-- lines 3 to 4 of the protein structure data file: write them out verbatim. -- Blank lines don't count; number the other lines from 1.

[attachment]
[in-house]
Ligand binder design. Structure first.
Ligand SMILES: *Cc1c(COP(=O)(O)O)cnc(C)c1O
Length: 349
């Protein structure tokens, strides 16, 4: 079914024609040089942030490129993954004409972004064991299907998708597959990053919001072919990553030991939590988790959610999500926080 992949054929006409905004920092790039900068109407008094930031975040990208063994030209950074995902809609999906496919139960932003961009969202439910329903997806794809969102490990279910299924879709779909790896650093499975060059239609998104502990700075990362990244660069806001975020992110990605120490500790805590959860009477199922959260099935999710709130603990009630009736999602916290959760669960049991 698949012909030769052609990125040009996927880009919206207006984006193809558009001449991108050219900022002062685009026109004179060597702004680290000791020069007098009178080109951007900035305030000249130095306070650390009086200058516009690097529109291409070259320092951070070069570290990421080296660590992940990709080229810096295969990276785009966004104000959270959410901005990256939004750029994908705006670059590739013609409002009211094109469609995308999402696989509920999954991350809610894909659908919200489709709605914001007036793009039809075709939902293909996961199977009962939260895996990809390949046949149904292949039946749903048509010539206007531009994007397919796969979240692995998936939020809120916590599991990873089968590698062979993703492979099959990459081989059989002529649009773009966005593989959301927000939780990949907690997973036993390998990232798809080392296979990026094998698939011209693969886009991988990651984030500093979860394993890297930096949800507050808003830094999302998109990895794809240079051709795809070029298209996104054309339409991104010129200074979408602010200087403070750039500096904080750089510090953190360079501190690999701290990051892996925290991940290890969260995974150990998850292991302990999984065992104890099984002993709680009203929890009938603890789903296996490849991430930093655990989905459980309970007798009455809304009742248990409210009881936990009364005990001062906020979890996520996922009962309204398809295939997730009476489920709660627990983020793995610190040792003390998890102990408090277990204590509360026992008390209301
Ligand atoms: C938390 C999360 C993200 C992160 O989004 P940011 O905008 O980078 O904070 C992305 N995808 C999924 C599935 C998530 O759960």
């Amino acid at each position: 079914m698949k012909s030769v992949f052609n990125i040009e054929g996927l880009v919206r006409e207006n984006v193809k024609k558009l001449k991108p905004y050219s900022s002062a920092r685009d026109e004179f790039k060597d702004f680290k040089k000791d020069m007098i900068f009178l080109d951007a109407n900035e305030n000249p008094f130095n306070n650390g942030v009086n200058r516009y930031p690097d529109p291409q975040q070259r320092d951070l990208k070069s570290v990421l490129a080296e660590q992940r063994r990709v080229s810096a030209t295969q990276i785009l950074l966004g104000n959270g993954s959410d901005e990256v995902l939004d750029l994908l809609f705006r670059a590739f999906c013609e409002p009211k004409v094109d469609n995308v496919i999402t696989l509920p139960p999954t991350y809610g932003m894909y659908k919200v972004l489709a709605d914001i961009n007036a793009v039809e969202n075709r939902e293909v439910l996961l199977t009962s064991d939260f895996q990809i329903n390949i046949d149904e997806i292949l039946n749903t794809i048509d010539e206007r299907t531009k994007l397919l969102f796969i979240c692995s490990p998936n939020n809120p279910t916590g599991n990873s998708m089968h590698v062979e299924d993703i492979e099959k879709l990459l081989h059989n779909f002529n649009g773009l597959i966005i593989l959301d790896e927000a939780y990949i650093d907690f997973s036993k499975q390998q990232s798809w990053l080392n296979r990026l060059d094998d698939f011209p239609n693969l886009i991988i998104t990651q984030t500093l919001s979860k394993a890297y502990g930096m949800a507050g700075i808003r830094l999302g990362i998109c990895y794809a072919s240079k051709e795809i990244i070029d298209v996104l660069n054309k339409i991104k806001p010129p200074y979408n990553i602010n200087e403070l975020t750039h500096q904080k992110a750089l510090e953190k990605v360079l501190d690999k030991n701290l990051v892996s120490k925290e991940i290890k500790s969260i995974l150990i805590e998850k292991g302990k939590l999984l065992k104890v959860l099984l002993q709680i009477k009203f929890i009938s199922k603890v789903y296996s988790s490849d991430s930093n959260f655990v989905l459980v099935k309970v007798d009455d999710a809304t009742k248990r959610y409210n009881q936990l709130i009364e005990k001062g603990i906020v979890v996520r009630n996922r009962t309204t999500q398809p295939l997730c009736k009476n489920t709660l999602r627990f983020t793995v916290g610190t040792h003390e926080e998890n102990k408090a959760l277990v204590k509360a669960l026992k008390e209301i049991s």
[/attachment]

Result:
Ligand SMILES: *Cc1c(COP(=O)(O)O)cnc(C)c1O
Length: 349